BETTER – Using a clean skillet, heat the skillet over high heat for one minute. Add a glug of olive oil and let it heat until it just begins to smoke, another 30 seconds. Add your egg, reduce the heat to medium-high, and step back. Everything will sputter and spit. (This egg preparation is not listed under better because it is more time consuming to cook. It is because it is more time consuming to clean up afterwards.) After 30 seconds, spoon some of the oil from the sides over the white of the egg. Egg white should bubble and cook. After another 30 second, remove from the heat. Shimmy a thin metal spatula under the egg and set the egg aside. Wipe skillet clean and repeat with second egg. (Yes, the egg never gets flipped and gets super crispy on one side and just set on the other.)

NOTE: I have a completely wonderful little six inch cast iron pan that is the exact perfect size for frying a single egg. It is amazing and I use it for all kinds of cooking and prep work. I highly recommend getting one, especially for single folks. It also makes a perfect one person frittata. Commercial over.

PUTTING IT ALL TOGETHER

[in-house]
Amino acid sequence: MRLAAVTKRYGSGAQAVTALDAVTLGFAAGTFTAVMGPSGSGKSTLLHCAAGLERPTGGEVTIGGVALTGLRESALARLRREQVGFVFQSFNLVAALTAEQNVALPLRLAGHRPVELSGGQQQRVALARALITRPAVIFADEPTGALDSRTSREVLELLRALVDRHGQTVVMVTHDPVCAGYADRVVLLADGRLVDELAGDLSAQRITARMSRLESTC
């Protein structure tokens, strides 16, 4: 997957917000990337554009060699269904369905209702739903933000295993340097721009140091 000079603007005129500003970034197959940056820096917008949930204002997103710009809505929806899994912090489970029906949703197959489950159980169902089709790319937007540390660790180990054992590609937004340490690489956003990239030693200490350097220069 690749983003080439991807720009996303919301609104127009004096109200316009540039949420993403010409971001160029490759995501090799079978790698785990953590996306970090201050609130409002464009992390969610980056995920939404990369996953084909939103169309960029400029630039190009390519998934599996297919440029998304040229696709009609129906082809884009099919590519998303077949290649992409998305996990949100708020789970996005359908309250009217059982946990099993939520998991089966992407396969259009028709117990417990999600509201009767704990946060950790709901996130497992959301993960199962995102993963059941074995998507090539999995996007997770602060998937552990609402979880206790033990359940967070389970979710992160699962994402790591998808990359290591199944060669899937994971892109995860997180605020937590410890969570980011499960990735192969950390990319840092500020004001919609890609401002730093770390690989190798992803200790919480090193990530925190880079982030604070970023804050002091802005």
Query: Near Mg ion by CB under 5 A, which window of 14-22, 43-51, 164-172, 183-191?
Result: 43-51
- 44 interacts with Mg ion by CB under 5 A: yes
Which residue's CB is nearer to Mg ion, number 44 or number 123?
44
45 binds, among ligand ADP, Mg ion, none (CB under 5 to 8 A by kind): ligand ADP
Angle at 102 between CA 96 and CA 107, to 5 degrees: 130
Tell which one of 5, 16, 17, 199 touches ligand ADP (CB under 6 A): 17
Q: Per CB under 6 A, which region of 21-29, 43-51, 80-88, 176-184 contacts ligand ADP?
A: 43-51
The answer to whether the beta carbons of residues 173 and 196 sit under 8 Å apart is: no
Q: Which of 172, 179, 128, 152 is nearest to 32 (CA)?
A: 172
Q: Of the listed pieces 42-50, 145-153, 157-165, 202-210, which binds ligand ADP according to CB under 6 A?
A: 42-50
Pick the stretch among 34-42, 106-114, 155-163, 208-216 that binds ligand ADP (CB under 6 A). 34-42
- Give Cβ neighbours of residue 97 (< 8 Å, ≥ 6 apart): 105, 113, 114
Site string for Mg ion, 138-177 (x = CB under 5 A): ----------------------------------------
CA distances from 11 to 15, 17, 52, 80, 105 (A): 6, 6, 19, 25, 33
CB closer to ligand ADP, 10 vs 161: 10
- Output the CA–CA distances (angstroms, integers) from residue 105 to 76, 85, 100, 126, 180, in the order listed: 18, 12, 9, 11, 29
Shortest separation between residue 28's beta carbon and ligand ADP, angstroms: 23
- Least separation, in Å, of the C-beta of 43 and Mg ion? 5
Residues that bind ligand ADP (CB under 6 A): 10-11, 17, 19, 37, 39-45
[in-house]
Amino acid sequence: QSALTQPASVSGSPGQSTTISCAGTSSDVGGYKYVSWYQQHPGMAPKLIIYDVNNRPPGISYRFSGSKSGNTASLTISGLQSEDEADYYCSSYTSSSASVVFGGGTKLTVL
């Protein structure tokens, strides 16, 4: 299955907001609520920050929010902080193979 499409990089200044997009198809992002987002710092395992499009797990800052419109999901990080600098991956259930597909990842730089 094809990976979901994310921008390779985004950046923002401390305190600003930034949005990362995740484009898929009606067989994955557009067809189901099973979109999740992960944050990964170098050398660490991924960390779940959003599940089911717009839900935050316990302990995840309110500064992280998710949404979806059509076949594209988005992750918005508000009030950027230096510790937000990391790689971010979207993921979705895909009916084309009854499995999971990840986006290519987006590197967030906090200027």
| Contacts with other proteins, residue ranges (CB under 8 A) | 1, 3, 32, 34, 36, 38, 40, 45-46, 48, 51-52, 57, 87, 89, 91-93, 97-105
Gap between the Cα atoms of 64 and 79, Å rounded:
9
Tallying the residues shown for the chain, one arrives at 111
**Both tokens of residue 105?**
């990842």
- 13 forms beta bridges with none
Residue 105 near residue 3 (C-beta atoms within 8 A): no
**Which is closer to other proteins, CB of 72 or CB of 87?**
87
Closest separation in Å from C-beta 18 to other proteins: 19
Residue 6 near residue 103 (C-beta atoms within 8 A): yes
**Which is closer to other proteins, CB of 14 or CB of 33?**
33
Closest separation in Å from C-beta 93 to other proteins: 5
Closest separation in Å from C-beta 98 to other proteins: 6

After the dish has cooled, use a spatula to help slide the contents of the pie plate on to a regular plate. Top the pile of saucy chips with the two eggs along with a few dollops of sour cream and some chopped cilantro. Promptly devour everything on plate.

NOTE: If you are sharing this dish (which I rarely do but, again, to each her own), you can use the spatula to portion out the saucy chips onto separate plates and top each with their own fried egg.

Chocolate Crinkle Cookies

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STOP EVERYTHING AND MAKE THESE COOKIES RIGHT NOW.

I had not anticipated baking anything this weekend. No time, no energy, no desire. Until I found myself late Friday night craving something chocolate and looking for a way to make something simple and quick with the few ingredients I had on hand. I was exhausted, but sometimes you just need chocolate.

I had flagged this recipe some time ago and never made it, but it looked quick. You whisk together your dry ingredients. You whisk together eggs, sugar and vanilla. You melt chocolate and butter together. You add the chocolate to the eggs. Then you fold in the dry. Then you take balls of the dough and roll them in two different kinds of sugar.